Cannabis Is Pushing Change

Tossing a wrench into anything creates change. Cannabis is a wrench. Finally, this past week, the DEA, which has the final authority on cannabis, has recommended easing the restrictions. The hope is when the DEA formally announces changes; it will take cannabis to a schedule three drug vs. schedule one, allowing research, banking, and essentially Federally legalizing it. In classic American form, lawsuits will fly everywhere after this. Cannabis companies, dispensaries, and farms will want to be able to ship their products across state lines. Every single person in the cannabis industry is waiting for this.

Then there is the fact that over 70% of Americans want to legalize cannabis federally, and it is now sold legally in 24 states, and change is happening daily. Remember that each state has its own set of rules, too.

Fun fact: Connecticut sold over $274m of cannabis in 2023 vs. New York at $150m. The states began opening dispensaries roughly at the same time. Over 19 million people live in New York vs. less than 4 million in Connecticut. It is time for NY to figure out how to do the right thing for all NYers, balancing diversity and generating capital for the state. That is the Government’s job. I fear that the next round of licenses will not create the impact that could be made in taxes or make the consumers happy. It is time.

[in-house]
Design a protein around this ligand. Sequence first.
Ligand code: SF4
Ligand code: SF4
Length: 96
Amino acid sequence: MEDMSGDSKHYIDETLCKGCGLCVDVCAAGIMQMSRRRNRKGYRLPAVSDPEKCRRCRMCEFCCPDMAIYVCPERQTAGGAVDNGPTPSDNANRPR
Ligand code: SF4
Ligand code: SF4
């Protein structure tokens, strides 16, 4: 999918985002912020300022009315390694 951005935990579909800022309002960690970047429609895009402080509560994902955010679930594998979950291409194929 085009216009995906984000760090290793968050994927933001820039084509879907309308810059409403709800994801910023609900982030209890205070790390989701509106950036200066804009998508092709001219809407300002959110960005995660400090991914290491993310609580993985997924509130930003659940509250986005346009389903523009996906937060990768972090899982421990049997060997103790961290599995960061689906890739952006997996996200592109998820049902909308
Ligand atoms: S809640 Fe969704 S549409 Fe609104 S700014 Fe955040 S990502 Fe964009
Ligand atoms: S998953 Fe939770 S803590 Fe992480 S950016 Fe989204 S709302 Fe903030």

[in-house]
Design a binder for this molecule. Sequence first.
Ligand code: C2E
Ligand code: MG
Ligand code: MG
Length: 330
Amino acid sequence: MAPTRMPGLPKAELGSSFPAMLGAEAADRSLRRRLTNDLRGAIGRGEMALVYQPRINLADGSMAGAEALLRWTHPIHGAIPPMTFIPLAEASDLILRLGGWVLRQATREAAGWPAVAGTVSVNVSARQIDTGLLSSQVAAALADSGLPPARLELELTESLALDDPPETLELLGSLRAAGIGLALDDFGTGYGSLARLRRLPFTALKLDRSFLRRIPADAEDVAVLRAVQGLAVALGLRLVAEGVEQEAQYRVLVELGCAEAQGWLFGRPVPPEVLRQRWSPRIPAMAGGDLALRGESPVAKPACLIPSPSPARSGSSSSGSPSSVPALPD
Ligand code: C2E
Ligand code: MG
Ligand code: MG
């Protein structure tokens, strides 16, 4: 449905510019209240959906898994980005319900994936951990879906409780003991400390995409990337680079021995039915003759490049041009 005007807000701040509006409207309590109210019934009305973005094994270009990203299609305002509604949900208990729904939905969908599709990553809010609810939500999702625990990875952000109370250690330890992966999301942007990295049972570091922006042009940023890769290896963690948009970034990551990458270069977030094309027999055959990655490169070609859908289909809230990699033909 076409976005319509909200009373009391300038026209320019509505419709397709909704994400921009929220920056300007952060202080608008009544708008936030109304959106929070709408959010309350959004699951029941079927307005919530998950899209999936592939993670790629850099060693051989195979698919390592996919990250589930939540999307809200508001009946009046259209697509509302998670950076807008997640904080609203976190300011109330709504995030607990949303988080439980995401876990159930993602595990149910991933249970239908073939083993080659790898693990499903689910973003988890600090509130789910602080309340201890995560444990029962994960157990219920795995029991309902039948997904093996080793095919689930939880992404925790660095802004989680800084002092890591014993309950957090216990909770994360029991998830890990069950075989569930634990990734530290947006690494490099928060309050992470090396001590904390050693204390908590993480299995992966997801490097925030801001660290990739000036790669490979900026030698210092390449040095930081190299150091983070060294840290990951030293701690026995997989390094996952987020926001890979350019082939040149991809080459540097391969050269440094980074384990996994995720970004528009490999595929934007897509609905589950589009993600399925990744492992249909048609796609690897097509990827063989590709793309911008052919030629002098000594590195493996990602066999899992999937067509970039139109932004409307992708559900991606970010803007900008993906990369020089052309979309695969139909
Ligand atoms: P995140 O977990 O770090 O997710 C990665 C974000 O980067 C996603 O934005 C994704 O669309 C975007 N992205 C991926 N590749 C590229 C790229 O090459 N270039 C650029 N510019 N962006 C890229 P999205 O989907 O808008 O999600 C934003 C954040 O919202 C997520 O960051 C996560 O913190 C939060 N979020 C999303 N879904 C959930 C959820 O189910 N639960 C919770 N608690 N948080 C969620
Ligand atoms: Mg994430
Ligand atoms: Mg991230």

On the other hand, the multi-state operators such as Columbia Care and Curaleaf each paid $5m plus to the state of New York to secure a dispensary license, keeping the number of stores to a minimum, and are opting not to open. Instead, most are only going after the wholesaling of their brands. Why? The market is not that appealing, with 8000 illegal stores operating in New York. I get it.

Then, there are the beverage brands attempting to enter this market. The alcohol market is waning; people consume almost 20% less at arenas and retail. Sales for non-alcoholic beverages have climbed over 30%. When large companies own market share, they do not want to give it up. Cannabis will be a part of their long-term strategies. Recently, Tilray, a cannabis company publically traded on the Canadian exchange, purchased an alcohol brand. What will the arenas do to capture lost revenue?

It should be an interesting 2024 in the world of vices.